Eye on electricity
The impact of our climate on hydro generation
Over 50% of New Zealand’s electricity is produced by hydro power. New Zealand’s largest hydro schemes, the Waitaki and Manapōuri, are in the South Island. While there are hydro dams in the North Island, these schemes have a smaller capacity. Since the North Island has higher electricity demand, the South Island generated electricity is often transported north via the HVDC inter-island cable.
In January 2023, the oceanic and atmospheric phenomenon known as La Niña, contributed to dry weather in the South Island, and wet conditions across the upper half of the North Island. Lakes Manapōuri and Te Anau experienced their lowest January inflows since 1953, while Lake Taupō recorded its fourth highest January inflow. This ‘wet dry divide’ impacted hydro storage and generation across the country.
Until early February this year, low rainfall in the South saw hydro storage in lakes Manapōuri and Te Anau drop below their low-operating ranges. Meridian, who operate Manapōuri power station, then had strict limits on how quickly the lake levels could drop further. This reduced their ability to generate electricity.
In contrast, heavy rain in the North Island saw Lake Taupō’s storage reach its maximum agreed limit. Mercury had to spill water downstream into the Waikato River, in line with resource consent requirements with Waikato Regional Council. This was controlled, due to heavy rain and to prevent further flooding downstream. During the heavy rain, Karāpiro dam outflows were above 500 cubic metres per second, resulting in some minor flooding in Hamilton.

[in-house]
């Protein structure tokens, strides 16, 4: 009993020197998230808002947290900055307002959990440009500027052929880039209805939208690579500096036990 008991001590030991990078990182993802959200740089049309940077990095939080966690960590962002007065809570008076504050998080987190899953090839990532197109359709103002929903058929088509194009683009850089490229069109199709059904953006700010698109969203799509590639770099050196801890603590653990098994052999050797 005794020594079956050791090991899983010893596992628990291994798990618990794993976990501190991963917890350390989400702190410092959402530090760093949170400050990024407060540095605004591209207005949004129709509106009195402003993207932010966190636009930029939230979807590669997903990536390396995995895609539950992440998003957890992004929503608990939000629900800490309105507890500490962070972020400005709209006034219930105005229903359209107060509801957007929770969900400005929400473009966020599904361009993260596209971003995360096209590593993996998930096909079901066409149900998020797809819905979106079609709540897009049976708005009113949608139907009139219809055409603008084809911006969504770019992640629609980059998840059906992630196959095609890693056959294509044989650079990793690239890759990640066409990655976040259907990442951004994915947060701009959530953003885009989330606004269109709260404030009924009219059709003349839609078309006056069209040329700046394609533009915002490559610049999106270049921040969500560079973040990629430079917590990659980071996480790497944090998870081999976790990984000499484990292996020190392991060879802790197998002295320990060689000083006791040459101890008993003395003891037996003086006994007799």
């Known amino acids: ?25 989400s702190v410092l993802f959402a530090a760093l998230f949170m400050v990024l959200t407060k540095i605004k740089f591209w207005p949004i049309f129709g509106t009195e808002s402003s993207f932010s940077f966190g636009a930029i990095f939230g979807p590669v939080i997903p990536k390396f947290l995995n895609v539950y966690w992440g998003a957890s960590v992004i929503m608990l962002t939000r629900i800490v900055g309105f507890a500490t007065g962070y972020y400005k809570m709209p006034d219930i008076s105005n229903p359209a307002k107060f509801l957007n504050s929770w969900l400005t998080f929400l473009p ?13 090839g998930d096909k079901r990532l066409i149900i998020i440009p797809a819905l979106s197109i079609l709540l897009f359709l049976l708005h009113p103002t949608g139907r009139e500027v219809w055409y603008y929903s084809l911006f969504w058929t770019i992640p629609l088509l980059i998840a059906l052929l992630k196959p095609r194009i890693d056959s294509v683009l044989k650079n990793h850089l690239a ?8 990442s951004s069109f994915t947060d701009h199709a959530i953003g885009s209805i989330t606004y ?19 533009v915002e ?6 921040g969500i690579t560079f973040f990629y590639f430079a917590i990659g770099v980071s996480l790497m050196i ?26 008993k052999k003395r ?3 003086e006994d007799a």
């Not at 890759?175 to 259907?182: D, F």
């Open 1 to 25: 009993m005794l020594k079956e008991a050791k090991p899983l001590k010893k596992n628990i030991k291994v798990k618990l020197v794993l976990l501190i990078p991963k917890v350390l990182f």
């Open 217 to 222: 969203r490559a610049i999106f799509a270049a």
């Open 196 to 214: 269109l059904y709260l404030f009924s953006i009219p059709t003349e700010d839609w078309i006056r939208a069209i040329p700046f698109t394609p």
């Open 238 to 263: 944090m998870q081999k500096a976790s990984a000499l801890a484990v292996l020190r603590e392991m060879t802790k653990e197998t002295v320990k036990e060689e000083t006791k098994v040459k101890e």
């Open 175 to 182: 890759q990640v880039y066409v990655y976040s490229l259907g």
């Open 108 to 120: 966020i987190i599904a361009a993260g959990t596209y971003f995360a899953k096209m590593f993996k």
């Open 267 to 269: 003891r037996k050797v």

Mercury has nine hydro generation dams on the Waikato River, with additional streams also supplying more water at various points in the chain. Each dam has a different amount of water that can be stored directly above it (see Figure 1). It takes about 24 hours before water released from Lake Taupō reaches the final dam at Karāpiro. No one event may be the same in terms of how much water is flowing in from which streams.
Mercury must carefully manage these many complexities when deciding how much water to release from Lake Taupō, how much and when to generate from each dam, and how much they might need to spill at Karāpiro - all while complying with various resource consents.
With plenty of water in the North Island, and restrictions on water usage in the South, there were high transfers of electricity southwards across the HVDC cable. Mercury generated a total of 414 GWh in January from its Waikato hydro stations – the highest over the previous nine years (during January) was 332 GWh. Southwards flows over the HVDC reached above 400 MW at some points (see Figure 2).
In the previous nine years, only one other had southward HVDC flows which reached higher than those seen in January 2023. This occurred in 2018, when there were extreme weather events in the North Island in January and low hydro storage in the South Island.
NIWA forecasts that La Niña conditions1 will continue over the next few months. New Zealand’s extreme conditions may therefore persist, which will impact hydro storage and generation. Climate change may also mean these extreme events become more common in the future.
The Electricity Authority regularly monitors New Zealand’s hydro generation and storage. Find out more on our EMI website.
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